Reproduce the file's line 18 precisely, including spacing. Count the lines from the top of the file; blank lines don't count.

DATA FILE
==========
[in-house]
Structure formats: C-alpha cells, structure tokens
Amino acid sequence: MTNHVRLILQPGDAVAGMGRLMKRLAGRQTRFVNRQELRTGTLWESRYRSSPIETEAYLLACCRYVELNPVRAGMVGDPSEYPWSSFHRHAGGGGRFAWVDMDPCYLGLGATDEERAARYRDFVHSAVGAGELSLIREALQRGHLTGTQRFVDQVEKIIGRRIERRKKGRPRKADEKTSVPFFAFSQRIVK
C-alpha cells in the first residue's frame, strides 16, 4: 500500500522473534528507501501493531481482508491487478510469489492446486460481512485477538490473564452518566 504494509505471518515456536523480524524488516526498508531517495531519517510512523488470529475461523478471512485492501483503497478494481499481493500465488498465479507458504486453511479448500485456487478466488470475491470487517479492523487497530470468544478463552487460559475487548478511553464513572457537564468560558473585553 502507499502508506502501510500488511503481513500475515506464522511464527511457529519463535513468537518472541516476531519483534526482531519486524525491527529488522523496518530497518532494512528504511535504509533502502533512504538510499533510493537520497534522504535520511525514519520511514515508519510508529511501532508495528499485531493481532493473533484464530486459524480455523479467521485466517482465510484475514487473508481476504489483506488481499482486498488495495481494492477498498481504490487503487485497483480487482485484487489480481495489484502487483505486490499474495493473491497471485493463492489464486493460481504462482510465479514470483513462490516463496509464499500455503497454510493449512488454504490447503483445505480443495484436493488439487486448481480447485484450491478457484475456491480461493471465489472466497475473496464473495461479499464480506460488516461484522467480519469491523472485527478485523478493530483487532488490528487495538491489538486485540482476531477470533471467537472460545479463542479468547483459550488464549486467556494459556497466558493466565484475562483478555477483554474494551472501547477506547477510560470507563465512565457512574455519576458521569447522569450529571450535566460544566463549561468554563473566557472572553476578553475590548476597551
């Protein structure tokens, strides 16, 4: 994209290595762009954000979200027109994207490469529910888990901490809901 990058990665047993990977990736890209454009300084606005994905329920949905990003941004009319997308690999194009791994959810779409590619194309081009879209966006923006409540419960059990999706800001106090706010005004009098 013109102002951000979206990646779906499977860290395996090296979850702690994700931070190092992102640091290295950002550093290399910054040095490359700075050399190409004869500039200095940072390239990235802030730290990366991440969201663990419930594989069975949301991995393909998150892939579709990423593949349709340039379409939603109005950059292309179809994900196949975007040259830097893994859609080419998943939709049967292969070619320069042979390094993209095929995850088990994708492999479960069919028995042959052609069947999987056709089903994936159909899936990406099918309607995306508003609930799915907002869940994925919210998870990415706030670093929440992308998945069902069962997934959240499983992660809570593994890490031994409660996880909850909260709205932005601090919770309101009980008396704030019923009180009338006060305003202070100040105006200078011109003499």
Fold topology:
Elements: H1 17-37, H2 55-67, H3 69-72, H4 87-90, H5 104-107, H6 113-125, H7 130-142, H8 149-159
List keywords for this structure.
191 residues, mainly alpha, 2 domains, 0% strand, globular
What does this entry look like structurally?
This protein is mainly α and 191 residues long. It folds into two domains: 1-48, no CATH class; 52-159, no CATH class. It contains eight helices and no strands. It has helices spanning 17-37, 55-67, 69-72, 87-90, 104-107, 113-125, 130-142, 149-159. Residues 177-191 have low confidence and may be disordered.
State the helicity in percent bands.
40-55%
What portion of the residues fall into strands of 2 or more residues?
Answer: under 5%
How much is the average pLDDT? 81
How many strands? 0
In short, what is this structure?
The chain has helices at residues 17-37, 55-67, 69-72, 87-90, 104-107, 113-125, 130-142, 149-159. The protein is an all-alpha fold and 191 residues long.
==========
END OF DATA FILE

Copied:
In short, what is this structure?